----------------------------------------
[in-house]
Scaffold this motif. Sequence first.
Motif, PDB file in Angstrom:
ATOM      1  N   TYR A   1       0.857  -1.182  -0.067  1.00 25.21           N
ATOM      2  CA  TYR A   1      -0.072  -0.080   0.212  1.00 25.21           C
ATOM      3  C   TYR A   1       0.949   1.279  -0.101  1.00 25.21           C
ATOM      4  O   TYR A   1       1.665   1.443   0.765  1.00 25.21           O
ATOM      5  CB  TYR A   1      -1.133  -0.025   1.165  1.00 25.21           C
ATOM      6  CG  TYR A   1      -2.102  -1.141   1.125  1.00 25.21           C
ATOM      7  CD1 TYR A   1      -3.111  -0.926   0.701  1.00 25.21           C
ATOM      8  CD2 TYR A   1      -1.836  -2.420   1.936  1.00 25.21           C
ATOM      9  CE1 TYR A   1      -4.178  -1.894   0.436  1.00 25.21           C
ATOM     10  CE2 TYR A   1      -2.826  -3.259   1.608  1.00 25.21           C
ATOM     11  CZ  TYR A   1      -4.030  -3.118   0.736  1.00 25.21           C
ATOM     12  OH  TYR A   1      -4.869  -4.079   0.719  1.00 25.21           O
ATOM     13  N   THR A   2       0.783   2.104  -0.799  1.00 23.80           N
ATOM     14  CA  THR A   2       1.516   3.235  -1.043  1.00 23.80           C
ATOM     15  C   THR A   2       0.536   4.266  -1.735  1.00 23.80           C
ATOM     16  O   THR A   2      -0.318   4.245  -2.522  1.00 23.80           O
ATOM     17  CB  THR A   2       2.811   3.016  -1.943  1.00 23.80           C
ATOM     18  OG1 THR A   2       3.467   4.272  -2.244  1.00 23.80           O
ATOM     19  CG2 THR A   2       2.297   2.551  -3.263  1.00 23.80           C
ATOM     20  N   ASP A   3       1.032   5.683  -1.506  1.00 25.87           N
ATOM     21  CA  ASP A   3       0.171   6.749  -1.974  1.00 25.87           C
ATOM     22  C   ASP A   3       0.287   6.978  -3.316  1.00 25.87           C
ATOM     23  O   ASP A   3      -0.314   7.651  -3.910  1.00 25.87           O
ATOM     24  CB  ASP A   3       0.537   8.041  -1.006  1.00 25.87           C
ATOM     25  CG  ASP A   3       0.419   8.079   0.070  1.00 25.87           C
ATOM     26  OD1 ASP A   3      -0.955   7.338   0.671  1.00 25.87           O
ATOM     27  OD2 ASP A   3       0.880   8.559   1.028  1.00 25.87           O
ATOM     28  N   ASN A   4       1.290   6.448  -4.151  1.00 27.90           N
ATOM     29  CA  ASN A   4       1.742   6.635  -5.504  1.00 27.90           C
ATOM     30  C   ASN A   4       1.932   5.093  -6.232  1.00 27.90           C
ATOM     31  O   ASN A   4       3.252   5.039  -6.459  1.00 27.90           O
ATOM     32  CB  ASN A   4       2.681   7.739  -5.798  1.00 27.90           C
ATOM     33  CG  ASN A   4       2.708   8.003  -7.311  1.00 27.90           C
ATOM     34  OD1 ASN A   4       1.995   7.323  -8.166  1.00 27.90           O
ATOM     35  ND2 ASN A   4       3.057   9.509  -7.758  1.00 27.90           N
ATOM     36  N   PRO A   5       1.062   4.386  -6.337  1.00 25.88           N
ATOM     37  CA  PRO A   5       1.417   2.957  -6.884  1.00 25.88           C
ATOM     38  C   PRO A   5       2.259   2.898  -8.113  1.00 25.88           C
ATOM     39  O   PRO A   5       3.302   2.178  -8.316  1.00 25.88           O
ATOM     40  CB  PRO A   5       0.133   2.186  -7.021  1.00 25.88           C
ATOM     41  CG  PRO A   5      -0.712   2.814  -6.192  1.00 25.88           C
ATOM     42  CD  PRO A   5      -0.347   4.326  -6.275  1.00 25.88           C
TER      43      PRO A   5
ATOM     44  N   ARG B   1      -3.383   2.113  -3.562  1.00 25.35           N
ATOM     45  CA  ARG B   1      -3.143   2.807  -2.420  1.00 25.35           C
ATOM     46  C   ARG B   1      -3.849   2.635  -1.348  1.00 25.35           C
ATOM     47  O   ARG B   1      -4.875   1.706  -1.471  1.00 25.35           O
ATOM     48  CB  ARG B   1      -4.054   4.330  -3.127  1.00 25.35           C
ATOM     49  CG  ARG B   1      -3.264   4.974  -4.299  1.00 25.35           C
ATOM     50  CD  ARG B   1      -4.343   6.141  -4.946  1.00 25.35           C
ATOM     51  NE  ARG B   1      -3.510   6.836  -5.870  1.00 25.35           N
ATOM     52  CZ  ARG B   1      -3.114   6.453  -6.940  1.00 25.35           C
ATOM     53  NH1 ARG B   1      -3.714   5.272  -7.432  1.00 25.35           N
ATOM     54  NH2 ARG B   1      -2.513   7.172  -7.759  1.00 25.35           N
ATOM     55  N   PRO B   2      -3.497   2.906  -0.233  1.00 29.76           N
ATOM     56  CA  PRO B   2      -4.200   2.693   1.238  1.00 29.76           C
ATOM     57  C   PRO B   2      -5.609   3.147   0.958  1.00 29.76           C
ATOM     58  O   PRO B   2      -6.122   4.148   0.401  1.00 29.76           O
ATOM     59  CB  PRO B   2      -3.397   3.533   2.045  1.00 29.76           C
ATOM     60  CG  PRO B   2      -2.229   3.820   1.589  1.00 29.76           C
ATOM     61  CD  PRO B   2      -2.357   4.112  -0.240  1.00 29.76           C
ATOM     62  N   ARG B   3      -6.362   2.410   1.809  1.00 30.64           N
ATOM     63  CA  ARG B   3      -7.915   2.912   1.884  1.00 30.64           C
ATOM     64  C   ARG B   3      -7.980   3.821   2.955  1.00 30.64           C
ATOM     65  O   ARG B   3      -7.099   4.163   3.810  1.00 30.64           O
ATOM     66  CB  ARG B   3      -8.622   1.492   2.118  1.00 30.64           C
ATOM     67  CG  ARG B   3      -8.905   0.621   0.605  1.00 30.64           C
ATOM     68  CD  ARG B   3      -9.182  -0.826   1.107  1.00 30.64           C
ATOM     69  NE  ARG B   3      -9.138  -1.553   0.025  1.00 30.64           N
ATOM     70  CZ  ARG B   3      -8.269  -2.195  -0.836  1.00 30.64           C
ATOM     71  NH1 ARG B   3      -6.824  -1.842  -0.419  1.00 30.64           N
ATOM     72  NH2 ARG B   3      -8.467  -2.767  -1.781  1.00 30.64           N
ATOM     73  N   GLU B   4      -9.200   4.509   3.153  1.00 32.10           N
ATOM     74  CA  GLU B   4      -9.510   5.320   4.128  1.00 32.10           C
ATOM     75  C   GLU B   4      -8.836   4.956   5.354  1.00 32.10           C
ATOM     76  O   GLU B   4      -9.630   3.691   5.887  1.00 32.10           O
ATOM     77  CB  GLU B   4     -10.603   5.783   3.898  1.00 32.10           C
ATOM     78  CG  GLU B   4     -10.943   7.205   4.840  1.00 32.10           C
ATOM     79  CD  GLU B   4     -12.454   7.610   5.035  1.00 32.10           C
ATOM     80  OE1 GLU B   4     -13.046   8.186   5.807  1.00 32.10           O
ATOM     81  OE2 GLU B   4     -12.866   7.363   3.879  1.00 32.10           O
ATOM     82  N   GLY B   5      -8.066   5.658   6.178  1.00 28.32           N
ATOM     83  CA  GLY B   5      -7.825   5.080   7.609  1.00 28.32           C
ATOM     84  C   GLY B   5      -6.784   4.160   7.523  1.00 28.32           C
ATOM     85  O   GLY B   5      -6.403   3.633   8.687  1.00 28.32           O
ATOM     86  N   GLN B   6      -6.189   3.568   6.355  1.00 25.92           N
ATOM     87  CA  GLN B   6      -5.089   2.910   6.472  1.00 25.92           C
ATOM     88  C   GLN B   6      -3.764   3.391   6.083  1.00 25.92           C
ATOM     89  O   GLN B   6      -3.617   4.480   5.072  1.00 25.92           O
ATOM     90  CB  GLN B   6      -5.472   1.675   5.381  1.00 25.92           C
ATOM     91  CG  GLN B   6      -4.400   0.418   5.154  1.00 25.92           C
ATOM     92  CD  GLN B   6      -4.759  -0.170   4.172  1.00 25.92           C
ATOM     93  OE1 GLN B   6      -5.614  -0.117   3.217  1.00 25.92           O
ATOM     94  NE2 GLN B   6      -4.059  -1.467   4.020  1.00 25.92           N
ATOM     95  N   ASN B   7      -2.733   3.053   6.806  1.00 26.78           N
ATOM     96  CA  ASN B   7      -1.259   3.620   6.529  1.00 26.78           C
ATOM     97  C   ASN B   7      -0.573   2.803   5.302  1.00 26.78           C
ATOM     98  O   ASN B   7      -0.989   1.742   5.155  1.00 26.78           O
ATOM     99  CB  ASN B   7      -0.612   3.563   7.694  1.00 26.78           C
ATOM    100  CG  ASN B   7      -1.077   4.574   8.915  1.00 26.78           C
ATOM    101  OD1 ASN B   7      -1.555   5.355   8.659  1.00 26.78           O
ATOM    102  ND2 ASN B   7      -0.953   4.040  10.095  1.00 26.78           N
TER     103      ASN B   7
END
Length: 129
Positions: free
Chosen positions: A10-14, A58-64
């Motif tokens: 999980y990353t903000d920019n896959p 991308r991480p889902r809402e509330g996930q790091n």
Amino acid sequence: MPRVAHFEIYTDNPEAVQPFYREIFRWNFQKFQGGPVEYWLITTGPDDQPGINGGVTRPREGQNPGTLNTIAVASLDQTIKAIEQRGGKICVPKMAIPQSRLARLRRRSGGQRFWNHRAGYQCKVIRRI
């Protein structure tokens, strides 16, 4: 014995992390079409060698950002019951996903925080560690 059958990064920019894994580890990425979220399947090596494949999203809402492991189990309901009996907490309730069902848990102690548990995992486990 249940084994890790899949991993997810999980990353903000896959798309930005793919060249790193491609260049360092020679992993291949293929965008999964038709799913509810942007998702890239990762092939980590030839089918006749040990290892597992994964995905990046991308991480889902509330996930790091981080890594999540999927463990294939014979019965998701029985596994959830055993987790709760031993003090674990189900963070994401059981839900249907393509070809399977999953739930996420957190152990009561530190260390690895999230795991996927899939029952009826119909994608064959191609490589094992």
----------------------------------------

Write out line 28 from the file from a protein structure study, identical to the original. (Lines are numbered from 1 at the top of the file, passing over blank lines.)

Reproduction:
ATOM     25  CG  ASP A   3       0.419   8.079   0.070  1.00 25.87           C